From the original set of media files, one media file was eliminated from the original data set because technical problems with the file prevented the necessary format conversion. The data file provided by KWALON had an encoding glitch, which prevented it from working properly, and the original source URL could not be located on the internet despite repeated searches, preventing re-capture of the data in question. Two related media files were eliminated when the researcher determined they were recorded in 2005, well outside the parameters for the KWALON experiment. Several other files, which were individual parts of a longer narrative, were combined using video editing software to restore the conceptual continuity of the original material during analysis. For instance, one of the files was identified as "part one of nine," so the other eight parts of the original presentation were captured and combined with the original file. [6]

Given that one of the research questions focused on whether the discussion of the economic crisis differed from 2008 to 2009, it was decided that the internet source of each file should be tracked down. While the conference organizers presented some information about where the data was collected, the documentation was incomplete as it originally stood. The source URL, recording or publishing date of the media file (as accurately as could be determined), and information about the source and participants was recorded for each file. Adequate date, speaker identity, and source information for three of the media files from the original data set could not be determined, so these files were dropped from the final data analysis. [7]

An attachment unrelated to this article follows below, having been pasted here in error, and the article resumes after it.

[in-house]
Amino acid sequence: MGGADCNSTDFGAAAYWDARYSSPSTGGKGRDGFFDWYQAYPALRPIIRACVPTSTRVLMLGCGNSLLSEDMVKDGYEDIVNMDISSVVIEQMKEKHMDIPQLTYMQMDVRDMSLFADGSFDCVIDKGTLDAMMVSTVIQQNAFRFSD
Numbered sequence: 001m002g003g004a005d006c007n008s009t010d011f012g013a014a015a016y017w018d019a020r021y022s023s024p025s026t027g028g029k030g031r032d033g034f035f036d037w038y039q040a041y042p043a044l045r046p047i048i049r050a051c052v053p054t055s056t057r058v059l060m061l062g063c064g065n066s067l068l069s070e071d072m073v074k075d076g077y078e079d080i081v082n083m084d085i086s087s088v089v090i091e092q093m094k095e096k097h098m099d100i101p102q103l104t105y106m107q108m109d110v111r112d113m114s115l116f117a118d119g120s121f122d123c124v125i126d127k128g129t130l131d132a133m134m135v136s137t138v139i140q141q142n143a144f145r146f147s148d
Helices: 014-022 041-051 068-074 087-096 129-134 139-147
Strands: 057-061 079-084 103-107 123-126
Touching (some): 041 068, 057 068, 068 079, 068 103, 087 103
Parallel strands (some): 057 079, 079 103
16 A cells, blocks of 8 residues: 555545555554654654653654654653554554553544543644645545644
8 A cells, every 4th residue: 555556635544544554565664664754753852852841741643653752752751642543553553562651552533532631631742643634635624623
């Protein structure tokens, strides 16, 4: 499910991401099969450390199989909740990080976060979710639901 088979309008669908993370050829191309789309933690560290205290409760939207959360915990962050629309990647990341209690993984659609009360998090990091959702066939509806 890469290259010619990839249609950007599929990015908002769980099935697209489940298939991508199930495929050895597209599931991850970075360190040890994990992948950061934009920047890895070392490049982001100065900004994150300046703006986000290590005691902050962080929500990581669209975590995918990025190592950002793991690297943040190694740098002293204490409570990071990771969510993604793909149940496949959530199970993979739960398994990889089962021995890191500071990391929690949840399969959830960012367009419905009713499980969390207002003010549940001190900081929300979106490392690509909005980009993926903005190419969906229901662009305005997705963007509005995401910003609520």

2.3 The final data set

The final data set for this analysis ended up consisting of 35 video and audio files, with a total time of 6 hours and 58 minutes of media data. 20 of these files (57% of the files) were 5 minutes long or shorter, comprising a total of 50 minutes (12% of the total) of media data. 12 (34%) of the files were between 5 and 25 minutes long, for a total of 2 hours 19 minutes (34%) of media data. Finally, 3 files (9%) were between 60 and 90 minutes long, for a total of 3 hours 49 minutes of media data (54% of the total). [8]

3. Method

3.1 Converting files and bringing them into the software